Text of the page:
Plenty of mean, very little meaning

God save us from Gawker’s world.

The New York-based media gossip website, which launched in 2002 and has distinguished itself by, among other things, attacking writer Neal Pollack’s young son, Elijah, is generally regarded as the prototype of a new style of cultural discourse: dismissive, superior, jaded, marked by what David Denby, in “Snark: It’s Mean, It’s Personal, and It’s Ruining Our Conversation,” calls “false knowingness,” a way of pretending to be more clued-in than it is.

Denby quotes Gawker founder Nick Denton: “The ideal Gawker item is something triggered by a quote at a party, or an incident, or a story somewhere else and serves to expose hypocrisy, or turn conventional wisdom on its head, and it’s 100 words long, 200 max.” This, Denby continues, is “snark’s mission statement -- indolent parasitism as a work ethos.”

“Snark” aspires to make a counter-argument: that the culture of mean, as exemplified by Gawker, TMZ and Perez Hilton, is not just idiotic but a dehumanizing force. “We are in a shaky moment,” Denby writes, “a moment of transition, and I think it’s reasonable to ask: What are we doing to ourselves? What kind of journalistic culture do we want? . . . What kind of national conversation?”


These are excellent questions, the kind any thinking person ought to be asking as the top-down authority of traditional media yields to the fluidity of the electronic frontier. What makes this new paradigm so exciting, after all, is what makes it so unsettling: that we can respond to anything instantaneously, almost without thinking, Twittering and posting and YouTubing in an endless monologue, like Joyce’s stream of consciousness run amok.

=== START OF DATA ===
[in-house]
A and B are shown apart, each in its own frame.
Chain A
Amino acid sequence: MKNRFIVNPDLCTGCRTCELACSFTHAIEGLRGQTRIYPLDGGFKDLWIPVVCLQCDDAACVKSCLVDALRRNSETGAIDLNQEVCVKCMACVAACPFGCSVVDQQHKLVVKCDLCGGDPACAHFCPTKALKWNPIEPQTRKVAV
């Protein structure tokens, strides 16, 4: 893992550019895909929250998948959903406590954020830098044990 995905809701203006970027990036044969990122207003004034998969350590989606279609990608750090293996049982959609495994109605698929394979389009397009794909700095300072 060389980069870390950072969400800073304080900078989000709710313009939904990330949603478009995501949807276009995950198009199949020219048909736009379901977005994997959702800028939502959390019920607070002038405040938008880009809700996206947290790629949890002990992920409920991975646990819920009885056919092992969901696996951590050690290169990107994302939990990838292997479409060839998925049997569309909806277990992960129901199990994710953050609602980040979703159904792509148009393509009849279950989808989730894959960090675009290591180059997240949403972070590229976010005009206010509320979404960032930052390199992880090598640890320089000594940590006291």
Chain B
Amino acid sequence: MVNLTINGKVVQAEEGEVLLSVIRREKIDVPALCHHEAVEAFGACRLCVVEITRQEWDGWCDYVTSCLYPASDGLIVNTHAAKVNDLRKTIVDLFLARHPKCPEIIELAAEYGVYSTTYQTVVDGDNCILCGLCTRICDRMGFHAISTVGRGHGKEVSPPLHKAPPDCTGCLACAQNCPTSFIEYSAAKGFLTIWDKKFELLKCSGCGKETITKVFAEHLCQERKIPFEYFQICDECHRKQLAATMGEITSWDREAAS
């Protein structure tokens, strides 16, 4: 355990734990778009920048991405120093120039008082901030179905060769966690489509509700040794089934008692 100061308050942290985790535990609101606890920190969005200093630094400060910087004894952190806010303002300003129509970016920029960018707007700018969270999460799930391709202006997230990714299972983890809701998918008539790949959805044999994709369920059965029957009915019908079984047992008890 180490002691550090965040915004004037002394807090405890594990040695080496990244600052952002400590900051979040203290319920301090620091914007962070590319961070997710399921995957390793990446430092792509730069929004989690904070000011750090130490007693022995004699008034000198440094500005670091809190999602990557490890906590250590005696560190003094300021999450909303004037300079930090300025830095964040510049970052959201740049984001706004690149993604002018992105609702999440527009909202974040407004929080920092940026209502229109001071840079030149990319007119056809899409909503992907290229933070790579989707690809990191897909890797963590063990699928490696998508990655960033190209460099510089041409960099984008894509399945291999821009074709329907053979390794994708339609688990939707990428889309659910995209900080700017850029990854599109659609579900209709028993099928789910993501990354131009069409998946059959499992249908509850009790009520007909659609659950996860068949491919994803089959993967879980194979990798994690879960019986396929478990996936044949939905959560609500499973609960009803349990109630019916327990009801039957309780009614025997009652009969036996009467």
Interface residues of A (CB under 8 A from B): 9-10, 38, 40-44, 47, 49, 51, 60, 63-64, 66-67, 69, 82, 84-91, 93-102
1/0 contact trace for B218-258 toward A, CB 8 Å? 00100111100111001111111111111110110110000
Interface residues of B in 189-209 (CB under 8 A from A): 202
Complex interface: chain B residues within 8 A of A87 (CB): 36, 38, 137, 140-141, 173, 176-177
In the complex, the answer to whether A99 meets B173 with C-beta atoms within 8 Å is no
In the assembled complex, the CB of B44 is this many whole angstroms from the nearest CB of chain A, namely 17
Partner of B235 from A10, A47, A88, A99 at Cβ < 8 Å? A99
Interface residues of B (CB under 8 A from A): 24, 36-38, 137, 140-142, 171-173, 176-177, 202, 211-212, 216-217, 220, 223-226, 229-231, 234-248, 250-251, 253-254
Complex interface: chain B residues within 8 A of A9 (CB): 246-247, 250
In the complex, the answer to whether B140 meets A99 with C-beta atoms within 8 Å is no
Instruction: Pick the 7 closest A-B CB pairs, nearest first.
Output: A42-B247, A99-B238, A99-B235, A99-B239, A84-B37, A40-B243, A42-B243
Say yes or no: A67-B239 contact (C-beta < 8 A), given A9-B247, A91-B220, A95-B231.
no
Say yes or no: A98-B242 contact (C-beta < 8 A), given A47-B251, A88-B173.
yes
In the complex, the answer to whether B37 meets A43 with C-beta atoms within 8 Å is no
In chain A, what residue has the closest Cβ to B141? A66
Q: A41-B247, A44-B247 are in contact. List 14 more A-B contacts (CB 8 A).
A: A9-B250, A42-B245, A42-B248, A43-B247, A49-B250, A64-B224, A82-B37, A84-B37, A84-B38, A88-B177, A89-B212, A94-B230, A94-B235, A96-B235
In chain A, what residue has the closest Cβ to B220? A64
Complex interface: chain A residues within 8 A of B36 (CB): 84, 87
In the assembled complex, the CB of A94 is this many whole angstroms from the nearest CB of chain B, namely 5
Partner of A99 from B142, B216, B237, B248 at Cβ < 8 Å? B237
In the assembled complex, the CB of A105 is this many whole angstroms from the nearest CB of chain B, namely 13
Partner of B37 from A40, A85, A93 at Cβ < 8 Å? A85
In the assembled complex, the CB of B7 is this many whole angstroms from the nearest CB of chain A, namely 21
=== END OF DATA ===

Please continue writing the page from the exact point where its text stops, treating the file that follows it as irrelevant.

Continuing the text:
“The trouble with today’s snarky pipsqueaks who break off a sentence or two, or who write a couple of mean paragraphs,” Denby notes, in a snarky aside of his own, “is that they don’t go far enough; they don’t have a coherent view of life. Spinning around in the media from moment to moment, they don’t stand for anything, push for anything; they’re mere opportunists without dedication, and they don’t win any victories.”

Missing perspective

What Denby’s really talking about is consciousness, the idea that writers, thinkers, commentators ought to have a point of view. This seems obvious enough, but it tends to get lost in the noise of constant conversation, all the commenting and cross-posting, the tiny feuds and insignificant disputes.

What is the worldview of a comments thread, with its anonymous posters spewing hateful rhetoric? Or of a site like Hot or Not, where people post photos of themselves and ask to be rated on their looks? "[B]y offering themselves up to be judged,” Denby writes, “the participants are buying into the snark culture. . . . ‘Here I am, judge me. Will I be destroyed by what you say?’ ”

There’s a voyeuristic component here, not dissimilar to, say, the audition round of “American Idol,” which draws huge ratings precisely because it allows us a forum for tearing other people down. The message in both instances is, “don’t try this at home,” unless you want to become a target of ridicule.